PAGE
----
Defensin and GNBP RNA levels are induced locally and systemically during midgut tissue invasion
Figure 1A demonstrates elevated RNA levels for two immune markers in mosquitoes fed on Plasmodium berghei‐infected as compared to naive mice. In this and subsequent experiments reverse transcription PCR (RT‐PCR) was used as a convenient, sensitive, and semi‐quantitative method to analyze changes in gene expression (Dimarcq et al., 1994; Richman et al., 1996); levels of immune marker RNAs were normalized relative to a control RNA encoding the ribosomal protein S7 (Salazar et al., 1993). Figure 1B confirms this induction using quantitative RNA blot analysis of defensin RNA (the low abundance of GNBP mRNA renders blot analysis of this sequence impractical; data not shown). The expression of both defensin and GNBP is reproducibly induced 20 to 30 h after ingestion of infected blood. For defensin, induced levels are comparable to those observed in larval and adult stage mosquitoes following experimental infection with bacteria (Richman et al., 1996). Defensin induction is not yet observed at 14 h after P.berghei infection, but is prominent at 24 h (Figure 1C). Thus, induction corresponds to the period when motile ookinete stage parasites are invading the epithelium of the posterior midgut (Meis et al., 1989 and data not shown). Between 40 and 48 h post‐feeding defensin induction is variable, possibly reflecting variable levels of late midgut invasion by a minority of ookinetes (data not shown). Induction is not due to ingestion of a normal blood‐meal alone, as it is evident in comparison to mosquitoes fed upon uninfected mice.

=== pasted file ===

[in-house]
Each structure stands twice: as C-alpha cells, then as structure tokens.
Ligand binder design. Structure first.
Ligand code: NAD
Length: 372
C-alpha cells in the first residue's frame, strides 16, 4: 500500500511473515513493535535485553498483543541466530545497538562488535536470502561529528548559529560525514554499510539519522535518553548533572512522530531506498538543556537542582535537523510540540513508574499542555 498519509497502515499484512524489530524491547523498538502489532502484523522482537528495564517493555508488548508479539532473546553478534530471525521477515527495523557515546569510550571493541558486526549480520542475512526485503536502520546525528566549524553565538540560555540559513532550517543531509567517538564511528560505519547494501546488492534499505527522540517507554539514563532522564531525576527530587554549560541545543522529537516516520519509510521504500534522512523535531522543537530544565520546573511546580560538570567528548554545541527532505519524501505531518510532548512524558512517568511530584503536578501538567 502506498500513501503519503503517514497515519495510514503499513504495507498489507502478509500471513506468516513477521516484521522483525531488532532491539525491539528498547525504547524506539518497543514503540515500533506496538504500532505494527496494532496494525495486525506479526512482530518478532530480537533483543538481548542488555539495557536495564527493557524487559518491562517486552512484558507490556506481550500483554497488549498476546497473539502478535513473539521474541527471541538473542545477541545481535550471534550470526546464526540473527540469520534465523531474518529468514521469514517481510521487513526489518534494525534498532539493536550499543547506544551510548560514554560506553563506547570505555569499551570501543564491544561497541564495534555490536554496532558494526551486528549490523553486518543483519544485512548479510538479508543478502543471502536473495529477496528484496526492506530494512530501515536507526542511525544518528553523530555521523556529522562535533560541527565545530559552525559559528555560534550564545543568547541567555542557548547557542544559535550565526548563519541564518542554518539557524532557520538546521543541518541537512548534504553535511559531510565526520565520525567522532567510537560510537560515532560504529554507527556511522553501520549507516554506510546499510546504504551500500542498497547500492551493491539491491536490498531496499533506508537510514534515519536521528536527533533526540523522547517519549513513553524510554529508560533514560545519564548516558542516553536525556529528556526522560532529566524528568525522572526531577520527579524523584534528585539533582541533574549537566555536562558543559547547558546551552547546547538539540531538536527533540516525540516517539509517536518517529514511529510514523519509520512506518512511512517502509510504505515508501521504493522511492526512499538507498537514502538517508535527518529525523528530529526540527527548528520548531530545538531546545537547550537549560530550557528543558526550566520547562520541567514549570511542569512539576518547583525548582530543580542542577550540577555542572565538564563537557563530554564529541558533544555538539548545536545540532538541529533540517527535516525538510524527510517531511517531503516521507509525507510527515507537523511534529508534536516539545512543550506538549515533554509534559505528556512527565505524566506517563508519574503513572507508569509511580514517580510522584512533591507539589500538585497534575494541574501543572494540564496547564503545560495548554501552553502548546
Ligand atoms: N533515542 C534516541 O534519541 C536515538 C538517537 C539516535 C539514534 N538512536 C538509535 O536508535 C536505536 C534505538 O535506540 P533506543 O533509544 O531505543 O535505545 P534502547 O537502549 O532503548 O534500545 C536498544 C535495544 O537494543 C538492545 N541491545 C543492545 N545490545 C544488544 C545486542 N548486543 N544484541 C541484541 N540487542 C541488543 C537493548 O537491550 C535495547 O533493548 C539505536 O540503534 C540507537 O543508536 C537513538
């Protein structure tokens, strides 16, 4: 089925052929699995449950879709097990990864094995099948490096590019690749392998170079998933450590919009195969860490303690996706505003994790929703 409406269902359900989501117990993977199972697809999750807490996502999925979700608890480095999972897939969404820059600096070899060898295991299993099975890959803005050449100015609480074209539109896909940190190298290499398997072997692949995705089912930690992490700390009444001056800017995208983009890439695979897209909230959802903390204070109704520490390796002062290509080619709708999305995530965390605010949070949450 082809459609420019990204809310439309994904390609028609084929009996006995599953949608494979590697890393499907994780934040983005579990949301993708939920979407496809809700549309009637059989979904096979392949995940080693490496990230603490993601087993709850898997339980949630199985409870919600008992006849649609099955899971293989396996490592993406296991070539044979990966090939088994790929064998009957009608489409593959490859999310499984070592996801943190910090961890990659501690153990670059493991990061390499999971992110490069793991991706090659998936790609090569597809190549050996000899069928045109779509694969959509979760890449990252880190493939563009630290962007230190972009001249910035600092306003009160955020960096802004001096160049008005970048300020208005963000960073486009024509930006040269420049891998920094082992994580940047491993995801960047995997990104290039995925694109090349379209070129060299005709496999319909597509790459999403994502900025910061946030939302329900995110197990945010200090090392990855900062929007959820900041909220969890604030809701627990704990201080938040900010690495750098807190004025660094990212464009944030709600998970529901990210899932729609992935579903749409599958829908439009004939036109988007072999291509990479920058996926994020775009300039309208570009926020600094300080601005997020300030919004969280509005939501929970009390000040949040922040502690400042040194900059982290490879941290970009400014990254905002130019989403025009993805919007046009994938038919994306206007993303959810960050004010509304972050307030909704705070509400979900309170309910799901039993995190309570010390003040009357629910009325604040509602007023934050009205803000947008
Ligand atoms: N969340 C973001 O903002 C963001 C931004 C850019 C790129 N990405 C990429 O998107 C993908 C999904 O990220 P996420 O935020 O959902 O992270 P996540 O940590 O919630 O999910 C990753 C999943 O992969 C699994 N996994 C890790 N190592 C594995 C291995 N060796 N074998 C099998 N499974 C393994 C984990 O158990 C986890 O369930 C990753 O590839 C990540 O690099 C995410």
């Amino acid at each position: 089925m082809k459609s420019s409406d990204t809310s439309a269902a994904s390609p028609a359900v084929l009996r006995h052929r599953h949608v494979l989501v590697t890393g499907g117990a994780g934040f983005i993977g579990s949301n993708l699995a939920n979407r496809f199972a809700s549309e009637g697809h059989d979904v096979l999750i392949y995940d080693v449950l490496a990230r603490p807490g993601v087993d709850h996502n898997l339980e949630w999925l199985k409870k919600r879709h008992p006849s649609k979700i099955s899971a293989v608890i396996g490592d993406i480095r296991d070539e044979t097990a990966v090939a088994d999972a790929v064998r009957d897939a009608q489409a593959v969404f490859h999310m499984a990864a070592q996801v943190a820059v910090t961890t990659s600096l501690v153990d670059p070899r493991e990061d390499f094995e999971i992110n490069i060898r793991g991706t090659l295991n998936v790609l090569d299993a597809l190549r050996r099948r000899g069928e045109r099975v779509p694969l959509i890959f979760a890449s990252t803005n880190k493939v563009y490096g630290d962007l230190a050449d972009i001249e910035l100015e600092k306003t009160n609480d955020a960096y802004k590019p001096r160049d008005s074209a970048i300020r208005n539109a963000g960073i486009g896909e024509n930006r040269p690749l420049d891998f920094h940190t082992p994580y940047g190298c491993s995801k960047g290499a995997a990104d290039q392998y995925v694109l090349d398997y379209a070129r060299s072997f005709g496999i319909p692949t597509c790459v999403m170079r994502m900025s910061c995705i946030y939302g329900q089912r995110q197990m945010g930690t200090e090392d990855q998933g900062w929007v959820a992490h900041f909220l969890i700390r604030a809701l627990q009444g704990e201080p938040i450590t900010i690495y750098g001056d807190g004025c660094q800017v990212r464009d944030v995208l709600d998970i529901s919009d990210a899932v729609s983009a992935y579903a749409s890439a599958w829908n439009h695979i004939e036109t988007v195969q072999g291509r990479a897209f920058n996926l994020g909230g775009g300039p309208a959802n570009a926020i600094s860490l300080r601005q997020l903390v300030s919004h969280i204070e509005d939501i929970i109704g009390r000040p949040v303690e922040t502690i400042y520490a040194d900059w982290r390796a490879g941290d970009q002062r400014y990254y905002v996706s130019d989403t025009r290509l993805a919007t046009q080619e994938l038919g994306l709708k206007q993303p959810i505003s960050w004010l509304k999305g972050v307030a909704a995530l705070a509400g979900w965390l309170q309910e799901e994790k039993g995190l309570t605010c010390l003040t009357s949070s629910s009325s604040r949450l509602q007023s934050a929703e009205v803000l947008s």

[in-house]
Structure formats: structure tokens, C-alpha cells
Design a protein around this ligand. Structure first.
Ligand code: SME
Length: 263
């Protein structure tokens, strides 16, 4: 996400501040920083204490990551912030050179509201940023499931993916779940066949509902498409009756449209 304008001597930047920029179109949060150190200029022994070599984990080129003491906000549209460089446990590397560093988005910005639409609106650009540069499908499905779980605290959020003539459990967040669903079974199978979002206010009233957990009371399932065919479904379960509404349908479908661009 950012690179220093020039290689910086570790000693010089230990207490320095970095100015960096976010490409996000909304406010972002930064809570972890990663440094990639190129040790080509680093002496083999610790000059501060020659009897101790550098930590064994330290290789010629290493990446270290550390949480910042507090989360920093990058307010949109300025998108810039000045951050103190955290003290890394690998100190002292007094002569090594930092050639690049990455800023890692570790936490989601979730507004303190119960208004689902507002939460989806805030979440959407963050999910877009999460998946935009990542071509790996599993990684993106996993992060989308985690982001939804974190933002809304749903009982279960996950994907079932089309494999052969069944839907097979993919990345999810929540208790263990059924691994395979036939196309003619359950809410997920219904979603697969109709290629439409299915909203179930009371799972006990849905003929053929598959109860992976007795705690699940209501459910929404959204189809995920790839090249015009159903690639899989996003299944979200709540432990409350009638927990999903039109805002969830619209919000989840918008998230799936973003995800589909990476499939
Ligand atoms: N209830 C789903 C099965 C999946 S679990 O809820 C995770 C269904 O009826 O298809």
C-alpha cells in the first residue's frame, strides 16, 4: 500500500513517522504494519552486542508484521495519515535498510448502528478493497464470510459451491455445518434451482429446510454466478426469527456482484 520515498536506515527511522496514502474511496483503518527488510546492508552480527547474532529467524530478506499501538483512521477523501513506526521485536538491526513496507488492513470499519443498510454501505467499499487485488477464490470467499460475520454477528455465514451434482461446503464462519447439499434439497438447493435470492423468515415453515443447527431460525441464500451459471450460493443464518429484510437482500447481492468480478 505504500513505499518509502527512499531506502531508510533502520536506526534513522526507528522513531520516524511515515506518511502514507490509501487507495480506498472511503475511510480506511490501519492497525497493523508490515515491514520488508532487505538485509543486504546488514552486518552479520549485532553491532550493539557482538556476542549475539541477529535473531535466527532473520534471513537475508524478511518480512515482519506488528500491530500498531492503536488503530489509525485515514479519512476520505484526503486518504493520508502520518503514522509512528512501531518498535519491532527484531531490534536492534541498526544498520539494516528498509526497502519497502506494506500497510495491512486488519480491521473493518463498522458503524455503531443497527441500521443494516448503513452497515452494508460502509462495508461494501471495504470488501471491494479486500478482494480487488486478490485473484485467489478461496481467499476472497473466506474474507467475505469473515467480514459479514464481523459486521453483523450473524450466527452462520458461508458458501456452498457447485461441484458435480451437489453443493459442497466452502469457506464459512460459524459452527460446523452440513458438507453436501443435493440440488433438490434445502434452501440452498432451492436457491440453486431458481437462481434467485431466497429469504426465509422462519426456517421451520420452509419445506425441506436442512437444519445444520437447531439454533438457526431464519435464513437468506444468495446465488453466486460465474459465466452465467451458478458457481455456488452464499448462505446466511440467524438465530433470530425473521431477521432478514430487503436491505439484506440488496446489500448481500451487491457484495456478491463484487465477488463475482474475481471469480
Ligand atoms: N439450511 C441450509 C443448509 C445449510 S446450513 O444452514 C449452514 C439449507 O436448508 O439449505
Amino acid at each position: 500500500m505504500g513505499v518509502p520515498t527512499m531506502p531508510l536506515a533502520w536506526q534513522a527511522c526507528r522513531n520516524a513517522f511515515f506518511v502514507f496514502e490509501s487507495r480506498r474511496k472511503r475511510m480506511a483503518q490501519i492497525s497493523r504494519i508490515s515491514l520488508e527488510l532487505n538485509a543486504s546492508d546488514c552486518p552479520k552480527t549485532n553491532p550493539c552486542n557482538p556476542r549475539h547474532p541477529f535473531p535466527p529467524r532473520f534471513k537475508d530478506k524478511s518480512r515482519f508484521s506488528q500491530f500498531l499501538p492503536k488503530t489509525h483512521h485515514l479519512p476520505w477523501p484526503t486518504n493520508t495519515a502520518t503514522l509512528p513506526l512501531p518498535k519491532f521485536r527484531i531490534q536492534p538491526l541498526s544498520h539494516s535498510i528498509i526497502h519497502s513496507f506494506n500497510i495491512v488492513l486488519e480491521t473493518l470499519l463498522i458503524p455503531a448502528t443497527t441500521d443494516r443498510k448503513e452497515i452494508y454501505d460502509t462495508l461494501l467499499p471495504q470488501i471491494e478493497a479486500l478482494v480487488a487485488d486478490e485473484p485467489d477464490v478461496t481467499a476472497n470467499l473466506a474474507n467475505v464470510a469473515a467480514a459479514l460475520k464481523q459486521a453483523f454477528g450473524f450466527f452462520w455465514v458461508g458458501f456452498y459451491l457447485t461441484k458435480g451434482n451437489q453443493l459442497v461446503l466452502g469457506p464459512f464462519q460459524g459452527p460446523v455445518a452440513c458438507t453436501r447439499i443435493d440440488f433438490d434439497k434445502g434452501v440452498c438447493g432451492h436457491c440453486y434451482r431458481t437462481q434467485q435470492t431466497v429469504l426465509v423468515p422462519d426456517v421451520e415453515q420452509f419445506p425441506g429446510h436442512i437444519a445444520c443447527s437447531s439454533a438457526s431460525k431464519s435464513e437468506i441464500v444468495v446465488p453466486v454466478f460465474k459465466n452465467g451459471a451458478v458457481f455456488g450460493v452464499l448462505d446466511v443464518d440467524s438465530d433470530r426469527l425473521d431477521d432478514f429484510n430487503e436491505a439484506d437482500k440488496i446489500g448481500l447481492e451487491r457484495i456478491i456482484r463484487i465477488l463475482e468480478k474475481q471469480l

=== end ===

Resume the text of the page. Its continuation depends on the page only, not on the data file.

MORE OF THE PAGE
While Figure 1 shows induction in intact mosquitoes, Figure 2 demonstrates that P.berghei infection induces defensin and GNBP RNA levels both locally in the midgut, and systemically in the remaining carcass. Carcass expression is presumably occurring primarily in cells of the fat body and also in some hemocyte cell types, as has been observed in model insect species challenged with bacteria (Hoffmann et al., 1996).
Immune gene induction results from ingestion of infectious Plasmodium parasites, and is not elicited by vertebrate host factors or endogenous microorganisms